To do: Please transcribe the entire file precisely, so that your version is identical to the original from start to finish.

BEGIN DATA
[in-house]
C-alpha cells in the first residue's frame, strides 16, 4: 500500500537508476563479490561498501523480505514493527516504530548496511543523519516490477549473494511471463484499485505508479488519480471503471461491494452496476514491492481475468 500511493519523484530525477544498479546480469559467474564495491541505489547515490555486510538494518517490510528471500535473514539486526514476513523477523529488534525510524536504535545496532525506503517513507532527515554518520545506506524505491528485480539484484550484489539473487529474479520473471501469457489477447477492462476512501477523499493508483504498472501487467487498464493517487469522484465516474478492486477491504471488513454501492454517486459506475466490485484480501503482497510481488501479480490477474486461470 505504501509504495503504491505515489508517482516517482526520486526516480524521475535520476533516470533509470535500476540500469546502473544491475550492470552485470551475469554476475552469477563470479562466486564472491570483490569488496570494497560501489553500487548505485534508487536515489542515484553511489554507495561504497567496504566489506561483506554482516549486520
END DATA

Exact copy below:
[in-house]
C-alpha cells in the first residue's frame, strides 16, 4: 500500500537508476563479490561498501523480505514493527516504530548496511543523519516490477549473494511471463484499485505508479488519480471503471461491494452496476514491492481475468 500511493519523484530525477544498479546480469559467474564495491541505489547515490555486510538494518517490510528471500535473514539486526514476513523477523529488534525510524536504535545496532525506503517513507532527515554518520545506506524505491528485480539484484550484489539473487529474479520473471501469457489477447477492462476512501477523499493508483504498472501487467487498464493517487469522484465516474478492486477491504471488513454501492454517486459506475466490485484480501503482497510481488501479480490477474486461470 505504501509504495503504491505515489508517482516517482526520486526516480524521475535520476533516470533509470535500476540500469546502473544491475550492470552485470551475469554476475552469477563470479562466486564472491570483490569488496570494497560501489553500487548505485534508487536515489542515484553511489554507495561504497567496504566489506561483506554482516549486520